In April 1937 Albright and his co-workers in Boston reported 5 cases in which were presented the bizarre concurrent features of osteitis fibrosa cystica, areas of pigmentation of the skin and endocrine dysfunction, with premature puberty in the female patients. Although 12 similar cases had previously been reported in the literature under a variety of titles, beginning with Weil's report in 1922, the paper of Albright and his associates was the first to establish this peculiar syndrome as a clinical entity distinctly separate from, rather than an aberrant type of, one of the other known diseases affecting bone. For this reason and because there is no simple term to encompass all the prerequisite elements, in the "Standard Classified Nomenclature of Disease" the term "Osteitis Fibrosa Cystica (Albright)" has been adopted to identify this particular disease picture.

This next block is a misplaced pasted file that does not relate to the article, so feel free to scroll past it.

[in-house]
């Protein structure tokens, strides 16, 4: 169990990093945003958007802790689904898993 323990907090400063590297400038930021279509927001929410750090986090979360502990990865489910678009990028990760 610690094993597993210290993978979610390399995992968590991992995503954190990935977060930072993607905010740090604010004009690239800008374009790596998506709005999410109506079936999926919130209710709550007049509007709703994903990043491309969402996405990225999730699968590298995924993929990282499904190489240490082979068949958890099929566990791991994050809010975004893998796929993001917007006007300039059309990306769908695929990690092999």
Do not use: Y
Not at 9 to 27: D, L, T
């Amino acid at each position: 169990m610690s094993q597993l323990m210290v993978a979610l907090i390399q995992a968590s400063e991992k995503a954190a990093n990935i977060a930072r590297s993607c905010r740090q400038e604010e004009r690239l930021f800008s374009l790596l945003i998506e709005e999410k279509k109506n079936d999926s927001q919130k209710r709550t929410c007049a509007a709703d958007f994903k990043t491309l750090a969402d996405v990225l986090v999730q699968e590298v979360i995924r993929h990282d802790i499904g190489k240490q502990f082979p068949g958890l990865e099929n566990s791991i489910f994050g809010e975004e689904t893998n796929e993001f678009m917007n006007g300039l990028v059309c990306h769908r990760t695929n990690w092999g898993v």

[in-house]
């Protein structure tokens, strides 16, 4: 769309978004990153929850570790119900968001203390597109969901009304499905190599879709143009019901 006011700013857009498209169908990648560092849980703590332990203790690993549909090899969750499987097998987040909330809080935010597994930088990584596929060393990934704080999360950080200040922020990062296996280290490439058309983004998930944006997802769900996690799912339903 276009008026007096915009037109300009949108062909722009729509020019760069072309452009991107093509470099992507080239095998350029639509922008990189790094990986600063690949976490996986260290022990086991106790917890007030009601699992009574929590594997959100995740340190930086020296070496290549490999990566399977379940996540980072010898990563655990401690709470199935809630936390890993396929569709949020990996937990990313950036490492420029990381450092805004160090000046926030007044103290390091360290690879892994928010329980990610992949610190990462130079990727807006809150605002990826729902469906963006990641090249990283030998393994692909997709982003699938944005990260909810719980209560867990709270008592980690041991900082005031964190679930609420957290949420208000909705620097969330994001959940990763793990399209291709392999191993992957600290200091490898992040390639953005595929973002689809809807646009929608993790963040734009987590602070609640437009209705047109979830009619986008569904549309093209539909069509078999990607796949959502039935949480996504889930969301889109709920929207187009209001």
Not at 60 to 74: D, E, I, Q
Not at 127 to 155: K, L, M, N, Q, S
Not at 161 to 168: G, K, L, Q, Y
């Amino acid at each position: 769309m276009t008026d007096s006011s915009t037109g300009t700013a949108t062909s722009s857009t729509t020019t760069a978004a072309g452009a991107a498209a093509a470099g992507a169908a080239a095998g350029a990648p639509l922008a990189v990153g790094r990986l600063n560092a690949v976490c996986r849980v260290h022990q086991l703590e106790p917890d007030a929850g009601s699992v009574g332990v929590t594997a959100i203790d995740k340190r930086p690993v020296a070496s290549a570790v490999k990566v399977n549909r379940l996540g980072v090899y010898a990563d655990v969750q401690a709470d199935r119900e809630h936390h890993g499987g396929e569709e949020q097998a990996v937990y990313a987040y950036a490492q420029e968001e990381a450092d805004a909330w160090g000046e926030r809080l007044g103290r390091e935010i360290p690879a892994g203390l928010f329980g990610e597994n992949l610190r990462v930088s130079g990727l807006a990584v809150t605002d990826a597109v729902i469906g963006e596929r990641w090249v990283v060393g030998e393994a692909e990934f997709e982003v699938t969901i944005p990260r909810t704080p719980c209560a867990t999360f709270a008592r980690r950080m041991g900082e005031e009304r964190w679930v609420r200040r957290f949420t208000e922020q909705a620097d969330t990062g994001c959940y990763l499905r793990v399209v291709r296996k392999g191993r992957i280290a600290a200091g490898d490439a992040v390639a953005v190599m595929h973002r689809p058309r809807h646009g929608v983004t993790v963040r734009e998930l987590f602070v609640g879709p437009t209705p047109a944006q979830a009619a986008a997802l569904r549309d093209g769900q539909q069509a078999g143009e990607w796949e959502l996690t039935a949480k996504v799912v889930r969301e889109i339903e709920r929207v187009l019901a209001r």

CHARACTER OF THE SYNDROME
The osseous disorder in this group of cases is one
NELLER JL. OSTEITIS FIBROSA CYSTICA (ALBRIGHT). Am J Dis Child. 1941;61(3):590–605. doi:10.1001/archpedi.1941.02000090166015
Customize your JAMA Network experience by selecting one or more topics from the list below.
Create a personal account or sign in to: